Media sexism remains a burden for women candidates

By Swanee Hunt, the Eleanor Roosevelt Professor in Public Policy and founding director of the Women in Public Policy Program at Harvard’s Kennedy School of Government and Kerry Healey, the former lieutenant governor of Massachusetts.

American women hold 12 percent of governor’s seats and make up 17 percent of Congress. If these numbers sound low, that’s because they are: The United States ranks a stunning 85th in the world in women’s parliamentary representation. No matter which side of the aisle prevails in the upcoming mid-term elections, both sides can agree the U.S. needs to draw on 100 percent of its citizens’ talents to meet our huge challenges.

Many factors contribute to the gender gap in political leadership, but a recent study sponsored by the new Name It. Change It. campaign highlights the role of sexism in the media’s treatment of female candidates both to deterring women from running for office and also decreasing their chances of success when they do throw their hats in the ring. Thanks to Lake Research Partners’ groundbreaking findings, for the first time we have hard evidence that the media are holding back political parity. According to Lake, even subtle slurs in newspapers, blogs and on television and radio negatively impact voters’ opinions of a candidate’s trustworthiness and values, making voters less likely to cast a vote for female candidates who have been the subject of media assaults that target their gender or sexuality.

In the past few months, the experiences of Nikki Haley, Betty Sutton, and Elena Kagan have demonstrated how women

of all parties and branches of government get slammed by the same denigrating treatment. Despite differences in backgrounds, careers, and ideologies, as they’ve traveled the road of women in public life, their journeys — a congressional seat, a gubernatorial nomination and the highest bench in the land — have been regrettably similar. True, they all saw some success this year: Kagan was confirmed, Haley won her primary and Sutton is running a competitive re-election campaign. However, their media coverage distracted the public from judging them primarily on their professional qualifications. The consequences are far-reaching: Women who watch other women subjected to degrading treatment are deterred from seeking office. If we’re going to dip deeper into our nation’s talent pool for future leaders, we need to ensure a gender-neutral media.

If Nikki Haley wins, she’ll be the first woman governor of South Carolina. But while Haley pursued and won the Republican nomination — in the state with the fewest women in elected office — two men came forward to claim they had had affairs with her. The media went into overdrive. Blogs about the alleged affairs were peppered with words like slut and whore, and conservative blogger Eric Ericson wrote in Haley’s “defense”: “This violates the very basic laws of nature: Hot women do not have affairs with ugly guys unless those guys are rich.” Following Haley’s nomination, some in the media weren’t asking how she’d govern; they were asking if she was “hotter” than Sarah Palin.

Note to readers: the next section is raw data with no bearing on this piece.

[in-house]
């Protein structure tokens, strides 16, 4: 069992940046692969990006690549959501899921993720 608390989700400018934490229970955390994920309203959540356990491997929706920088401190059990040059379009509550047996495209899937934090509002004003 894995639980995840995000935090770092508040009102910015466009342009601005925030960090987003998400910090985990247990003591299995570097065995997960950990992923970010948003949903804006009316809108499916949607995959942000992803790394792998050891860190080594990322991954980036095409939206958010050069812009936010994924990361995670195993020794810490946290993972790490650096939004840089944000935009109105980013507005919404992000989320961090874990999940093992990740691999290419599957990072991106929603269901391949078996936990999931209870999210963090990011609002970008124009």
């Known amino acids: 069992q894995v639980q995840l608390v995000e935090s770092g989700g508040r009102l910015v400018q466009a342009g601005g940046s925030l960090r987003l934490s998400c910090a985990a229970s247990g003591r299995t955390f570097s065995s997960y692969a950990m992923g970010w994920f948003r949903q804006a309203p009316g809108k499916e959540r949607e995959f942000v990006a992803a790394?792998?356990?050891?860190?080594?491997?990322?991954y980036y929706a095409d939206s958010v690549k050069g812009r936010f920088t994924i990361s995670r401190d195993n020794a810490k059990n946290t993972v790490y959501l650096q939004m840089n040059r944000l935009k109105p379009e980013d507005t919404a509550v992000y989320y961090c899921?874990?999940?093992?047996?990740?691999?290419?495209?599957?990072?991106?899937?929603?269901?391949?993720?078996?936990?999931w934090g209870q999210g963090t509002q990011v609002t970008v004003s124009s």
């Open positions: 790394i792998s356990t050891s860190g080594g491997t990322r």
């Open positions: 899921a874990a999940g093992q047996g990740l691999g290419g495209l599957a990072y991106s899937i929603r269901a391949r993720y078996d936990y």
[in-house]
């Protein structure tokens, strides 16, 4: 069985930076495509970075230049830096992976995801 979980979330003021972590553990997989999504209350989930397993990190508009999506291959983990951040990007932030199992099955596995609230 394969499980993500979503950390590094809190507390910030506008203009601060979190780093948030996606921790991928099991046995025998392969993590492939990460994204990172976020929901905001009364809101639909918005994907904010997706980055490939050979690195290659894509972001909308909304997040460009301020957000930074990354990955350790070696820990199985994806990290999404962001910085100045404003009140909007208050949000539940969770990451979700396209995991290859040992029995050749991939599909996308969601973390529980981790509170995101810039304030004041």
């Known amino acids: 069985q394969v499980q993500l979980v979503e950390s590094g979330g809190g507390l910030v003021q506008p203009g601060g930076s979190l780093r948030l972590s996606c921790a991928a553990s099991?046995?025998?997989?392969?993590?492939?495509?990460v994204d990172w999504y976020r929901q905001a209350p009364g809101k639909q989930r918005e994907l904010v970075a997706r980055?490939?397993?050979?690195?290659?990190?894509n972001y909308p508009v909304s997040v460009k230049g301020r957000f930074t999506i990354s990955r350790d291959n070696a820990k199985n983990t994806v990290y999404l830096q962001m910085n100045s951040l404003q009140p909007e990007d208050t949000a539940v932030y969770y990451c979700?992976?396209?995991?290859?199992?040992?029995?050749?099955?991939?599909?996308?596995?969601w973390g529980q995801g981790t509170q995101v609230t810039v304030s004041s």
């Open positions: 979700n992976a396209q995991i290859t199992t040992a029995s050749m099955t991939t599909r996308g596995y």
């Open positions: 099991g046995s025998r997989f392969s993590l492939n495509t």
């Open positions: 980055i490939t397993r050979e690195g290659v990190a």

Betty Sutton can probably relate. A second-term Democratic congresswoman from Ohio, she was the youngest woman ever elected to the Ohio House of Representatives. Having held public office since she was 25, Sutton has myriad accomplishments behind her, including her primary authorship of 2009’s “Cash for Clunkers” program. But when The Republican Review urged voters to “take Betty Sutton out of the House and put her back in the kitchen,” the blog went viral.

As Supreme Court Justice Elena Kagan waded through her confirmation process, she experienced a piercing media spotlight often focusing on her gender instead of her accomplishments. We have had the privilege of seeing firsthand how Kagan consistently brought an atmosphere of civil public debate and personal respect to her interactions with faculty, students, and alums at Harvard Law School. The American public, however, may not know Kagan was the first female dean of Harvard Law School or that she clerked for Chief Justice Thurgood Marshall, but they know she hasn’t married. While the nominee was giving seventeen hours of straightforward testimony to the Senate Judiciary Committee, we were treated to whispers about her sexual orientation and comments on her appearance.

Every election day, we two travel to the polls to cancel each other’s votes. But we, and millions like us, must stand together and “name it” until media outlets “change it.”

Published in the The Post and Courier Friday, October 29, 2010.

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